Scientists and engineers striving to create the next machine-age marvel—whether it be a more aerodynamic rocket, a faster race car, or a higher-efficiency jet engine—depend on reliable analysis and feedback to improve their designs.
Building and testing physical prototypes of complex machines can be time-consuming and costly and can provide only limited results. For these reasons, companies in industries as diverse as aerospace, car manufacturing, and wind power have been turning to supercomputers to investigate complex design problems related to fluid flow, or how air and fluids interact with a machine.
Using computational fluid dynamics (CFD) applications, codes created to track fluid’s chaotic flow patterns through or around a solid object, researchers can augment physical testing, gain a more comprehensive view of product performance, and even glean insights that might lead to further design improvements.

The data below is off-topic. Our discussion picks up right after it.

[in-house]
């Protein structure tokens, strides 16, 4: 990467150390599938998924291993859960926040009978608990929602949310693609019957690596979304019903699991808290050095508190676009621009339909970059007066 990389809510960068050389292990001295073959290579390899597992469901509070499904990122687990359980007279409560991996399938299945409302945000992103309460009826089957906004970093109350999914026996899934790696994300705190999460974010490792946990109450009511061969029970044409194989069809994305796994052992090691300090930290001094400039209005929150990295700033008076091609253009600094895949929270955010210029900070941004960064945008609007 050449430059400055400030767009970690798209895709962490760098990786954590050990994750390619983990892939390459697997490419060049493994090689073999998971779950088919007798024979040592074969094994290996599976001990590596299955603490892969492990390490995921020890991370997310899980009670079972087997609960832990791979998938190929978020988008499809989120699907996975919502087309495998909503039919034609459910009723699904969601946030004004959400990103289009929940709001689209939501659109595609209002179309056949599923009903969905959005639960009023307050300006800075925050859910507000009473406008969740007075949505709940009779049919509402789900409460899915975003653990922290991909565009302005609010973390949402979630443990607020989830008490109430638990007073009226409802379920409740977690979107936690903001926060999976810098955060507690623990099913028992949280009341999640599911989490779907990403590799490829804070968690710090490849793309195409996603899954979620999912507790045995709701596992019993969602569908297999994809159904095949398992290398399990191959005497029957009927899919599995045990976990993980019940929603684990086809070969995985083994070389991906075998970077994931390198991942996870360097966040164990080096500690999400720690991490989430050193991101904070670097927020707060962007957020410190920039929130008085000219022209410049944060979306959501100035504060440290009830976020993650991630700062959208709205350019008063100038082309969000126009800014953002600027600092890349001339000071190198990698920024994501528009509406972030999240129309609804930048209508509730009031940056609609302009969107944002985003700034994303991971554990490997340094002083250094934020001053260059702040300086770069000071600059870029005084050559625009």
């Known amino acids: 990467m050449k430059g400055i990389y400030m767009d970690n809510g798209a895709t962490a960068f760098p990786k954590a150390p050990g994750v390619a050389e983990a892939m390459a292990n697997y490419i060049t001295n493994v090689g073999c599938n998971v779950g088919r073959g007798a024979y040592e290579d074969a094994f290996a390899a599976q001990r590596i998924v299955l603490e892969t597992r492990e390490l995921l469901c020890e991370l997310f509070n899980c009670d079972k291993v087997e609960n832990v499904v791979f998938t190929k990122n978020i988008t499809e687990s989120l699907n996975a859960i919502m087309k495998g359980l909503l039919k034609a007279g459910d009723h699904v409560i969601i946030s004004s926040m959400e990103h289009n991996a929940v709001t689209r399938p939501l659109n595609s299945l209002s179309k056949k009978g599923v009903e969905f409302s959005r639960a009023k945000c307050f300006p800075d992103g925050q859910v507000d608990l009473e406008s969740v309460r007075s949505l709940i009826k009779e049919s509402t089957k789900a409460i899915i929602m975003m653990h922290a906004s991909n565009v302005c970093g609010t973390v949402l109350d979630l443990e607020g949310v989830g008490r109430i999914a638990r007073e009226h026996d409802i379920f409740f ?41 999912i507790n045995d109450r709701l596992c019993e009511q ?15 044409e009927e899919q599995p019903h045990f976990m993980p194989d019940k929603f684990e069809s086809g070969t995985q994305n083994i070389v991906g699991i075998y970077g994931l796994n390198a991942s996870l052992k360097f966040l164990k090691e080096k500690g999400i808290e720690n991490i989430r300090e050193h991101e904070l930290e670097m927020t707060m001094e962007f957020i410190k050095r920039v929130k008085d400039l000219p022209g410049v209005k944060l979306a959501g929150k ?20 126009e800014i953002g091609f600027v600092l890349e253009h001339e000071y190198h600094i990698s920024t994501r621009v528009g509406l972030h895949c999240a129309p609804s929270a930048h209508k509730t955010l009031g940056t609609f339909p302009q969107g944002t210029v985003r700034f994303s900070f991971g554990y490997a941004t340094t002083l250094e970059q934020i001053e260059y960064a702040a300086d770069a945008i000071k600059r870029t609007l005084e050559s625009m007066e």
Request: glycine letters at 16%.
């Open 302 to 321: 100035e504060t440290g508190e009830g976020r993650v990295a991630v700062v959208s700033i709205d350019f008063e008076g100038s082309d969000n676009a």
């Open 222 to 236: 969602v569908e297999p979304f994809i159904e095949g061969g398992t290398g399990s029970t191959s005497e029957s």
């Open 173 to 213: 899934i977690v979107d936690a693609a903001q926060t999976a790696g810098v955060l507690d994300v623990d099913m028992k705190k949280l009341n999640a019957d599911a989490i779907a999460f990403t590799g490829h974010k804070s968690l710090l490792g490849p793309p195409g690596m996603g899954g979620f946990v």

But as supercomputers have increased in size and scale, many industry-standard CFD applications have struggled to keep pace, limiting their accuracy and ability to fully supplant physical testing. Furthermore, many CFD codes have not yet been adapted for accelerated computing architectures, such as that of the Oak Ridge Leadership Computing Facility’s (OLCF’s) Titan supercomputer, a Cray XK7 with a peak performance of 27 petaflops.